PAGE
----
Liberals don’t like Ted Cruz, but they’re rooting for him, because they feel he’s going to destroy the Republican Party. What they ought to be feeling is this: profound embarrassment.
Ever since his unexpected primary win over an establishment-backed lieutenant governor in 2012, Cruz has been a source of great frustration to the Republican establishment. The conservative base is crazy about him for this very reason. It’s why the junior Senator from Texas has become the most influential politician in Washington.
Meanwhile, what does the liberal base have to show for itself? Who is the liberal Ted Cruz? Most people seem to think Elizabeth Warren, the freshman Senator from Massachusetts, is the closet thing to Cruz's left-wing counterpart. But when is the last time Warren was in the news? When is the last time you even heard her name? When is the last time she had a best-selling coloring book?
This is not to say that publicity is the best measure of political success. But given the fact that, as Michael Tomasky writes in the latest issue of the New York Review of Books, Warren is supposed to be spearheading a "new populism" that’s going to revive the left and pull the Democratic Party in a more liberal direction, it’s curious how marginal she seems to have become.
Tomasky says that the "large and passionate following" Warren has acquired is a "major development." ABC News applauds the success of her "no-frills approach" as a "dramatic departure" from the "grandeur and poetry" of President Obama’s rise to political prominence. But what about her actual accomplishments?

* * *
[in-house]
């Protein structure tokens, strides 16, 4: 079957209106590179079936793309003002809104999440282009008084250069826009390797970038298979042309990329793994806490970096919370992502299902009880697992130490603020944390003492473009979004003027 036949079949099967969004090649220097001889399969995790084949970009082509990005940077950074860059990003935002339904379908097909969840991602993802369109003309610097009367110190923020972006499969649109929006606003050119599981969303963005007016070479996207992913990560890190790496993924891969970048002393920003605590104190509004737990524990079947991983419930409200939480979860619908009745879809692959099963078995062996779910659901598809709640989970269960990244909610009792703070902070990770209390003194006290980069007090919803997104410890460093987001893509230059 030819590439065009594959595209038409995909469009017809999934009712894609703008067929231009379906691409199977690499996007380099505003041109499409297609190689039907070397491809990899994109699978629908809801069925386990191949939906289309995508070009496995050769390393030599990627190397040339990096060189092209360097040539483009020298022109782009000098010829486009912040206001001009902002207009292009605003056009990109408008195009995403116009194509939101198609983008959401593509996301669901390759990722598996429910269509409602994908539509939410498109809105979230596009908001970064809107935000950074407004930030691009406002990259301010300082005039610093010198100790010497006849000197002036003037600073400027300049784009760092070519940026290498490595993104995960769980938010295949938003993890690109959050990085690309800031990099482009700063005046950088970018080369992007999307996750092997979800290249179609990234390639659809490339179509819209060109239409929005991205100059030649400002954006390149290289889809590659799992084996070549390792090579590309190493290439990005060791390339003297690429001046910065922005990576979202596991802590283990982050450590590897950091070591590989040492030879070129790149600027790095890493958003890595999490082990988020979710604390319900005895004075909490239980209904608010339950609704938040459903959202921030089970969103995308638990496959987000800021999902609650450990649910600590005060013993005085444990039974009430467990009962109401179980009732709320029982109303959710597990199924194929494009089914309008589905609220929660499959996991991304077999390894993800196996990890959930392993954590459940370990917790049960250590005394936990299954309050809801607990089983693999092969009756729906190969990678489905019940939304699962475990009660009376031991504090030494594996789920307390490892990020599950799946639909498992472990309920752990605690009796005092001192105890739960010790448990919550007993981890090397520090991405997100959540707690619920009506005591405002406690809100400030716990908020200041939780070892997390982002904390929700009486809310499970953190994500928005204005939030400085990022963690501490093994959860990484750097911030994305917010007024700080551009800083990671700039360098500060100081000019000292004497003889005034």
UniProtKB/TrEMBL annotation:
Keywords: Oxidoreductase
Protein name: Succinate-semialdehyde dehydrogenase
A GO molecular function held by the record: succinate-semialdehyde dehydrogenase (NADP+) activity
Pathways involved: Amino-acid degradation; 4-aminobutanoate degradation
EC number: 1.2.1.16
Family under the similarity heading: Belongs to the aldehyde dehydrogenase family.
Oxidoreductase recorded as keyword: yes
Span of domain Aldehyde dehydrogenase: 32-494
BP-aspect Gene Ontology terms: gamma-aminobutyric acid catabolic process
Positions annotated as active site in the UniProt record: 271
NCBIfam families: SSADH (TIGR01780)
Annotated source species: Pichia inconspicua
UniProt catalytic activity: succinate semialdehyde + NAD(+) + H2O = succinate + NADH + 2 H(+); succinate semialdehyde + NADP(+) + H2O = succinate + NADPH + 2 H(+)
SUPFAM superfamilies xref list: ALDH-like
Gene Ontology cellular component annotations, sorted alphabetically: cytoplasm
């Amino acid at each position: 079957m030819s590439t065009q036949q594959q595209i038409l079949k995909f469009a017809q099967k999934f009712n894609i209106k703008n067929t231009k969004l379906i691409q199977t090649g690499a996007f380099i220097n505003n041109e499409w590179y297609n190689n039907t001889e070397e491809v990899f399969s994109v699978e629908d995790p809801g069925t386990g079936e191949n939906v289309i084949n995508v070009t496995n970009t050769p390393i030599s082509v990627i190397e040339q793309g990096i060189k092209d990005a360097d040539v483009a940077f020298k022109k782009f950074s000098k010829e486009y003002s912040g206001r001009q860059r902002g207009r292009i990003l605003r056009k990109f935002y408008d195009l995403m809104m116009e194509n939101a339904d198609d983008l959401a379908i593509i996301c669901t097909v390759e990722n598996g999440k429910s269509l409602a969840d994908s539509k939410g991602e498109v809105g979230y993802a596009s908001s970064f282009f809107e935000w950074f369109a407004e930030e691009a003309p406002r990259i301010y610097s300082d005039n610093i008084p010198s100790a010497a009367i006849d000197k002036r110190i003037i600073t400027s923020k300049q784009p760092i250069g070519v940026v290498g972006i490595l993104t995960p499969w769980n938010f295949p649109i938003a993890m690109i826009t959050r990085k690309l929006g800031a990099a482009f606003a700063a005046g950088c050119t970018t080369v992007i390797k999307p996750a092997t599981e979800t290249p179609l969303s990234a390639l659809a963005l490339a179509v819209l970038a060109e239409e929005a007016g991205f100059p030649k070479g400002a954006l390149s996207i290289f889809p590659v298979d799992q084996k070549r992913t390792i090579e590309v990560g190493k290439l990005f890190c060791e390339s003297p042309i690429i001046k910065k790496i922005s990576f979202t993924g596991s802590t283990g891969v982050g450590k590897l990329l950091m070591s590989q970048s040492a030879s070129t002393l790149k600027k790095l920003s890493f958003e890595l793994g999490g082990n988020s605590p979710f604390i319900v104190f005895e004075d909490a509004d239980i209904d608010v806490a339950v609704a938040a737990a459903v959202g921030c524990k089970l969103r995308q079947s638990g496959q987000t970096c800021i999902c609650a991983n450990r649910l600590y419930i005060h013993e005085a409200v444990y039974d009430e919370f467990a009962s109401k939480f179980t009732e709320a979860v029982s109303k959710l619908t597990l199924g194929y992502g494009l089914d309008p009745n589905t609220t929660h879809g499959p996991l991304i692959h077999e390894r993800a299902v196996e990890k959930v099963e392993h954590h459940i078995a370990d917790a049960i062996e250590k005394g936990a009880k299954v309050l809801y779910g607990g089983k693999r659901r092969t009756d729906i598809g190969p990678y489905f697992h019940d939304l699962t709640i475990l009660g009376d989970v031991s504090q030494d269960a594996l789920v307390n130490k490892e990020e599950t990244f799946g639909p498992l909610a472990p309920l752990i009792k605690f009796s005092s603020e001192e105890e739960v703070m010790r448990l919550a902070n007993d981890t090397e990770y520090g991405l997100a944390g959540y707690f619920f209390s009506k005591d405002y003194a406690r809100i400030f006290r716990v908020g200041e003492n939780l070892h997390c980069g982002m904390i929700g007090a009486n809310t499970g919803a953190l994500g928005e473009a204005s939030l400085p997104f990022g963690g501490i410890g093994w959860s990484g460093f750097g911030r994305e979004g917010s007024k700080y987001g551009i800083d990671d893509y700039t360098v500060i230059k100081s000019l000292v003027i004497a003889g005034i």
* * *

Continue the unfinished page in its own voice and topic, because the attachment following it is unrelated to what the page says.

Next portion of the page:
The first piece of legislation Warren authored – to reform the federal student loan program – was described by the left-leaning Brookings Institution as an "embarrassingly bad" proposal that "should be quickly dismissed as a cheap political gimmick." On the other hand, as the Daily Beast’s Peter Beinart pointed out, a YouTube clip of Warren introducing her bill got more than 100,000 hits and was promoted by Upworthy.
Warren stars in a number of "viral" YouTube videos, the popularity of which, according to Tomasky, reflects her "knack for earthy articulation of the liberal-populist worldview." The videos prove that liberals are not very fond of rich people, Wall Street, and The Corporations – all major contributors to Obama’s historic 2008 campaign – and that liberals enjoy watching people throw shade at their hate objects.
How does this constitute a "new line" for the Democratic Party? Unclear.
Cruz, meanwhile, has already had a considerable impact on the 2014 midterms, in which six incumbent GOP Senators, including Minority Leader Mitch McConnell (Ky.), face primary challenges from the right. Maybe Warren will emerge as a major player on the left, and inspire similar primary insurgents. Her political action committee, PAC for a Level Playing Field, raised almost $600,000 in 2013, which is about $200,000 less than what Cruz hauled in during his 21-hour Obamacare filibuster. There are a number of "Warren wing" candidates running for Congress this year, most of which are expected to lose, and none of which are eager to challenge Democratic incumbents. But hey, you never know.